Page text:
Ethics made easy

We justly praise those who show true ethical heroism.  But to protect business organizations  and society generally from legal and ethical breaches we need to aim our efforts more broadly.

In “How to Design an Ethical Organization” in the May-June 2019 issue of the Harvard Business Review, Nicholas Epley, John Templeton Keller Professor of Behavioral Science at the University of Chicago Booth School of Business, and Amit Kumar, an assistant professor of marketing and psychology at the University of Texas at Austin, argue: few executives set out to achieve advantage by breaking the rules, and most companies have programs in place to prevent malfeasance at all levels. Yet recurring scandals show that we could do better. Interventions to encourage ethical behavior are often based on misperceptions of how transgressions occur, and thus are not as effective as they could be. Compliance programs increasingly take a legalistic approach to ethics that focuses on individual accountability. They’re designed to educate employees and then punish wrongdoing among the “bad apples” who misbehave. Yet a large body of behavioral science research suggests that even well-meaning and well-informed people are more ethically malleable than one might guess…Creating an ethical culture thus requires thinking about ethics not simply as a belief problem but also as a design problem. We have identified four critical features that need to be addressed when designing an ethical culture: explicit values, thoughts during judgment, incentives, and cultural norms.

The first of these is “explicit values.” Among the key points here are that:

Strategies and practices should be anchored to clearly stated principles that can be widely shared within the organization. A well-crafted mission statement can help achieve this, as long as it is used correctly. Leaders can refer to it to guide the creation of any new strategy or initiative and note its connection to the company’s principles when addressing employees, thus reinforcing the broader ethical system.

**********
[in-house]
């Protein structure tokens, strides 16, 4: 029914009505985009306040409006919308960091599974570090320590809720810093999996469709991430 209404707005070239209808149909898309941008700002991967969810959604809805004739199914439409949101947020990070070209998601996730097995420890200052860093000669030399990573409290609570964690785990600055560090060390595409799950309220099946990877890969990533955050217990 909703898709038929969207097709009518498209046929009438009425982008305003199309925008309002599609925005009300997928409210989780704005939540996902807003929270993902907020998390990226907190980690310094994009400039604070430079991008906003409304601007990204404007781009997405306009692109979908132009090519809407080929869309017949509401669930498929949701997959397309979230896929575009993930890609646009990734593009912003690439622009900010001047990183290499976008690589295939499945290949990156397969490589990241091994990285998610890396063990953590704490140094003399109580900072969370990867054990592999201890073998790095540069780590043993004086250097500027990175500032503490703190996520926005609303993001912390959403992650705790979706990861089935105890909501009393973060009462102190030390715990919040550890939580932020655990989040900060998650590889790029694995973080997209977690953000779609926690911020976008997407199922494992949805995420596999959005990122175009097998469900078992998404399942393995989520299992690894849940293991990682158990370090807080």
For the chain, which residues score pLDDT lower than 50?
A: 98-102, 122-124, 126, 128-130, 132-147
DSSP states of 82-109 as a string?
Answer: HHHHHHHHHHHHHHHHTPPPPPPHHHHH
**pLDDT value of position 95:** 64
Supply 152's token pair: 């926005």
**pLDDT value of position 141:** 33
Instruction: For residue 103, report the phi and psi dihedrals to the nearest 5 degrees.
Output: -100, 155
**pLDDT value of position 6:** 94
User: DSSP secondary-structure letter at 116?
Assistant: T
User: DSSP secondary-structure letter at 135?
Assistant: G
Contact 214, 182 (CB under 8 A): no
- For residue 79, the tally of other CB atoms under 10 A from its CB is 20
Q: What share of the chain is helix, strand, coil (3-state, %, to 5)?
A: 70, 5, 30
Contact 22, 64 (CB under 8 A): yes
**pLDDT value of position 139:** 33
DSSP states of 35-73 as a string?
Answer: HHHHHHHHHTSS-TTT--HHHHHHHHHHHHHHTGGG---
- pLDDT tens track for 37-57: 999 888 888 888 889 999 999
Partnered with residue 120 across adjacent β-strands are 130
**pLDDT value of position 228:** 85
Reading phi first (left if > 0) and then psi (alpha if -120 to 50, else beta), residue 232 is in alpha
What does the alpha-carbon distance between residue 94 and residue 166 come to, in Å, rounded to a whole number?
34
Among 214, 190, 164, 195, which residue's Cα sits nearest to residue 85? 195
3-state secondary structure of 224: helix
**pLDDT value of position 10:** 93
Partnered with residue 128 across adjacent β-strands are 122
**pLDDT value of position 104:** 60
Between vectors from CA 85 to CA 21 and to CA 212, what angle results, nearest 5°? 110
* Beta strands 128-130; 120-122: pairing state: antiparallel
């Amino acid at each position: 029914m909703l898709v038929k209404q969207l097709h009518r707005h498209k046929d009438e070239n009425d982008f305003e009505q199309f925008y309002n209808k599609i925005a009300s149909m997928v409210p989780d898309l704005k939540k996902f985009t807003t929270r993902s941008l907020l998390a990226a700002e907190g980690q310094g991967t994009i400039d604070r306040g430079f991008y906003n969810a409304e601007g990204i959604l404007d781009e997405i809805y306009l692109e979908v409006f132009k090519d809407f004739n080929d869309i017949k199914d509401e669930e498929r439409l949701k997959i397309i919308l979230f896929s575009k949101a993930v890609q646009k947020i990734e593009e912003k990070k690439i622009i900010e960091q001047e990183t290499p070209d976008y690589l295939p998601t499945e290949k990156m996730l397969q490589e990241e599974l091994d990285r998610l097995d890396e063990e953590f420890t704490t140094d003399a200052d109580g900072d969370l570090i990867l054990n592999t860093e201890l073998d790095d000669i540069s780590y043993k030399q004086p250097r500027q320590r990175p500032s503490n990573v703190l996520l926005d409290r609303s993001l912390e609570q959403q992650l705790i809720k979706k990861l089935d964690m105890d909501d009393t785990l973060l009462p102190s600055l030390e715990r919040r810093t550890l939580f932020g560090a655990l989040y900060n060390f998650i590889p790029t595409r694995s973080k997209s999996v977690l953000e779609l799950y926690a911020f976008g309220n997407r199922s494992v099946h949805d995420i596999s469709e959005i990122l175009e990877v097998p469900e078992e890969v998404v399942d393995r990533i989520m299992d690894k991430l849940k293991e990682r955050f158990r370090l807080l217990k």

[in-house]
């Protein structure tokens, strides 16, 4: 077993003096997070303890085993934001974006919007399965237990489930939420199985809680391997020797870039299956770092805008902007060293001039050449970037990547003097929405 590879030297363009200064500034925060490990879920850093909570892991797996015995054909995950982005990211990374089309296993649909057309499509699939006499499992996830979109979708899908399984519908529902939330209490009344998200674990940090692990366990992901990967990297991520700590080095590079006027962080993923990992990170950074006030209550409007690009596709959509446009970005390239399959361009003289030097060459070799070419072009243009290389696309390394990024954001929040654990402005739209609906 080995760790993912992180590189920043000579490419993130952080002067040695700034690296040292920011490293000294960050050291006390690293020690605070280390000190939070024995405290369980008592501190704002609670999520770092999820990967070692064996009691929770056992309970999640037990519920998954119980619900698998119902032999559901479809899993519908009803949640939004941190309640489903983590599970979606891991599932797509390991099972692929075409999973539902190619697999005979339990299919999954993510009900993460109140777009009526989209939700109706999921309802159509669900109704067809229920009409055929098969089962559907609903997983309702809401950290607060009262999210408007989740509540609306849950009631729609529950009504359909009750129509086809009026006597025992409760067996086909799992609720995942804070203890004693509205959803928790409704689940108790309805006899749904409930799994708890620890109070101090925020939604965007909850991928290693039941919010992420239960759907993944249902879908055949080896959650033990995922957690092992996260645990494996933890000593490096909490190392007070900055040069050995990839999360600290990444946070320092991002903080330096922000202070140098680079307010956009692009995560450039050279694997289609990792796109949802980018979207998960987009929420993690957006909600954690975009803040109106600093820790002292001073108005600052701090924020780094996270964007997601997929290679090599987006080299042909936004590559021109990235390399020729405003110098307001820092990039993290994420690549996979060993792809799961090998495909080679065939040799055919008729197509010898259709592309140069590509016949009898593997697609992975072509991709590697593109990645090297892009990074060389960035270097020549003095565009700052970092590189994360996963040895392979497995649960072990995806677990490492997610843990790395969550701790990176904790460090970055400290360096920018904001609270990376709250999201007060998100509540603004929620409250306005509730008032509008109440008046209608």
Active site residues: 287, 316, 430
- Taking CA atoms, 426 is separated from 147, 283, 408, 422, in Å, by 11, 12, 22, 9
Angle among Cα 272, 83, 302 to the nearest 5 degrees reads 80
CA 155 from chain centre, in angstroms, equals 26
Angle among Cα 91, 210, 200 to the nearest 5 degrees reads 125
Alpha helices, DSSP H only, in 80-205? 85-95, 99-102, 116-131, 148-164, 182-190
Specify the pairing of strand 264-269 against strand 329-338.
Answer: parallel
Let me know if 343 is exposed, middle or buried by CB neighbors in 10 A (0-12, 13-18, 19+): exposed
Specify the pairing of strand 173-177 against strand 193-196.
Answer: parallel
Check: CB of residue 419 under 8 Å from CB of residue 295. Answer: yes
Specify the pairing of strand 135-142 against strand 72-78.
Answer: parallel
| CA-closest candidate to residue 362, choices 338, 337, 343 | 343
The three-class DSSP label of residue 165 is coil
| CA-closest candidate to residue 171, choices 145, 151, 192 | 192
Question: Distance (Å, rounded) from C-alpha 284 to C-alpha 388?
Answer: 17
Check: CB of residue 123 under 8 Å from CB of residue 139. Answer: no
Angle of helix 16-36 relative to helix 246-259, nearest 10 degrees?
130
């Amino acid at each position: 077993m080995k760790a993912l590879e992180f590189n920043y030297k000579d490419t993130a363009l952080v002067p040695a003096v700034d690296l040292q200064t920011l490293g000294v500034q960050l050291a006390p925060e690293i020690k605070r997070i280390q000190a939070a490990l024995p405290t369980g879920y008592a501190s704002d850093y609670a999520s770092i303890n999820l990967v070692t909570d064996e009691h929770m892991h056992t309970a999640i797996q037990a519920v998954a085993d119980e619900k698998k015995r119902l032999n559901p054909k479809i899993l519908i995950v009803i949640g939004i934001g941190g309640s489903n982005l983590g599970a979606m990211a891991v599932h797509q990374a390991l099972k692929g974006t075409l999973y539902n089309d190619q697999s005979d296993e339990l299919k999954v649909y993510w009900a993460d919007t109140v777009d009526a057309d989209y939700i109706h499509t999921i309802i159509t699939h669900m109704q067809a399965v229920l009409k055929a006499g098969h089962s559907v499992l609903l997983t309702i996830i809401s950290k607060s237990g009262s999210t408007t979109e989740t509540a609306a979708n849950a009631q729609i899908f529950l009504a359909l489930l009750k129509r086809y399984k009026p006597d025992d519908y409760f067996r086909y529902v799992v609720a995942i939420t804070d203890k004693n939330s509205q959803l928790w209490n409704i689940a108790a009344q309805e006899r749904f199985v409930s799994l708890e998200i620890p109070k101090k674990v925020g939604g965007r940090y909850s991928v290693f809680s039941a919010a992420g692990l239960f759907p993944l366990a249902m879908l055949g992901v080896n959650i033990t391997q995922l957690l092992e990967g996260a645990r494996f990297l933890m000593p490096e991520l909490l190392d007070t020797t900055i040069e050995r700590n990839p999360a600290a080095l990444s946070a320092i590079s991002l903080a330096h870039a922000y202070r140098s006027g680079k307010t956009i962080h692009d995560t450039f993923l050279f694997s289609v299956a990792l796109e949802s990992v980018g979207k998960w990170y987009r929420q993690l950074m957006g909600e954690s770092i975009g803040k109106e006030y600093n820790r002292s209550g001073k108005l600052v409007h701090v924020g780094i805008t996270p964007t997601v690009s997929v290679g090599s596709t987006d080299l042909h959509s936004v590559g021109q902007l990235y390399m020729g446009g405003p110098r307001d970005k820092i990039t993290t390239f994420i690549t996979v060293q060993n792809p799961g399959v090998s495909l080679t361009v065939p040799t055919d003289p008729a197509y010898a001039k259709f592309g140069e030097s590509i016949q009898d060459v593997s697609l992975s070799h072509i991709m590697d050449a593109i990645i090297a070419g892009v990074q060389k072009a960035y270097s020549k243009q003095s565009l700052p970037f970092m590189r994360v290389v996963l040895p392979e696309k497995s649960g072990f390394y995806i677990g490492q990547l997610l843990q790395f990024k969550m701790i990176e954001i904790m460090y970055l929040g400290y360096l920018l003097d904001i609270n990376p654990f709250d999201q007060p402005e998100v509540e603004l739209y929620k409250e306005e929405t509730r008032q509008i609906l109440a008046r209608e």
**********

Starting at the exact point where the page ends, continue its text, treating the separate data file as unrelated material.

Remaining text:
A mission statement should be simple, short, actionable, and emotionally resonant. Most corporate mission statements today are too long to remember, too obvious to need stating, too clearly tailored for regulators, or too distant from day-to-day practices to meaningfully guide employees.

The second design consideration is “thoughts during judgment.” Among the key points here are that:

– Most people have less difficulty knowing what’s right or wrong than they do keeping ethical considerations top of mind when making decisions. Ethical lapses can therefore be reduced in a culture where ethics are at the center of attention. … Behavior tends to be guided by what comes to mind immediately before engaging in an action, and those thoughts can be meaningfully affected by context.

– Several experiments make this point… In a large field experiment of approximately 18,000 U.S. government contractors, simply adding a box for filers to check certifying their honesty while reporting yielded $28.6 million more in sales tax revenue than did a condition that omitted the box.

The third consideration is incentives. Here the authors note: Along with earning an income, employees care about doing meaningful work, making a positive impact, and being respected or appreciated for their efforts… An ethical culture not only does good; it also feels good.

The final design consideration is cultural norms. Here the authors recount the results of several experiments showing the often underappreciated power of such norms in creating ethical risk.

The authors conclude the article with several helpful suggestions for putting ethical design into practice – including in the contexts of hiring, personnel evaluation, compensation.

Note that there is a lot more that could be said about how behavioral ethics can inform and fortify compliance programs. (See this index of prior posts on this subject.) But the ideas and information is this article are very helpful, and the overall point – that [o]rganizations should aim to design a system that makes being good as easy as possible – seems exactly right to me.

Leave a comment
*
**

*



* Required , ** will not be published.

*
= 3 + 5